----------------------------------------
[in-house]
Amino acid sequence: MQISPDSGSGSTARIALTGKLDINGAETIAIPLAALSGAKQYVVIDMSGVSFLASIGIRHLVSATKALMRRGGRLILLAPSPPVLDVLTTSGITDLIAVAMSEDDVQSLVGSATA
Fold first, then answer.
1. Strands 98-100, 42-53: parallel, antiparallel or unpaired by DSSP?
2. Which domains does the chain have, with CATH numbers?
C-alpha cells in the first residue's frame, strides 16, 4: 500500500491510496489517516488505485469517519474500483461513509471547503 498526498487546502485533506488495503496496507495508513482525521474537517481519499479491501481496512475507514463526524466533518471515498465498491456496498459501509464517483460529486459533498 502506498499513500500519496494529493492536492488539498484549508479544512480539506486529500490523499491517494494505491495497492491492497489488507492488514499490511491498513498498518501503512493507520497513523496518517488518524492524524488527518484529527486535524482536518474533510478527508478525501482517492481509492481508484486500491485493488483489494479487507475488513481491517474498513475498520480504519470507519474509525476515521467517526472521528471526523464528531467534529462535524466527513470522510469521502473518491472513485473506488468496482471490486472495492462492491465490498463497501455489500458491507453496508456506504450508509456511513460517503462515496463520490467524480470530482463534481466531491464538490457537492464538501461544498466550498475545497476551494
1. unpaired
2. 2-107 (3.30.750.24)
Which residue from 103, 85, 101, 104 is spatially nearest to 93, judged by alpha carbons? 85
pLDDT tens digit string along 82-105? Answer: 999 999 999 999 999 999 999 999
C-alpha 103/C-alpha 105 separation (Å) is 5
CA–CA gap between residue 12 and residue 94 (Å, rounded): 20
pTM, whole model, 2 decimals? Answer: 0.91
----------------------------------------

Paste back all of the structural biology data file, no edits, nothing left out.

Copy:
[in-house]
Amino acid sequence: MQISPDSGSGSTARIALTGKLDINGAETIAIPLAALSGAKQYVVIDMSGVSFLASIGIRHLVSATKALMRRGGRLILLAPSPPVLDVLTTSGITDLIAVAMSEDDVQSLVGSATA
Fold first, then answer.
1. Strands 98-100, 42-53: parallel, antiparallel or unpaired by DSSP?
2. Which domains does the chain have, with CATH numbers?
C-alpha cells in the first residue's frame, strides 16, 4: 500500500491510496489517516488505485469517519474500483461513509471547503 498526498487546502485533506488495503496496507495508513482525521474537517481519499479491501481496512475507514463526524466533518471515498465498491456496498459501509464517483460529486459533498 502506498499513500500519496494529493492536492488539498484549508479544512480539506486529500490523499491517494494505491495497492491492497489488507492488514499490511491498513498498518501503512493507520497513523496518517488518524492524524488527518484529527486535524482536518474533510478527508478525501482517492481509492481508484486500491485493488483489494479487507475488513481491517474498513475498520480504519470507519474509525476515521467517526472521528471526523464528531467534529462535524466527513470522510469521502473518491472513485473506488468496482471490486472495492462492491465490498463497501455489500458491507453496508456506504450508509456511513460517503462515496463520490467524480470530482463534481466531491464538490457537492464538501461544498466550498475545497476551494
1. unpaired
2. 2-107 (3.30.750.24)
Which residue from 103, 85, 101, 104 is spatially nearest to 93, judged by alpha carbons? 85
pLDDT tens digit string along 82-105? Answer: 999 999 999 999 999 999 999 999
C-alpha 103/C-alpha 105 separation (Å) is 5
CA–CA gap between residue 12 and residue 94 (Å, rounded): 20
pTM, whole model, 2 decimals? Answer: 0.91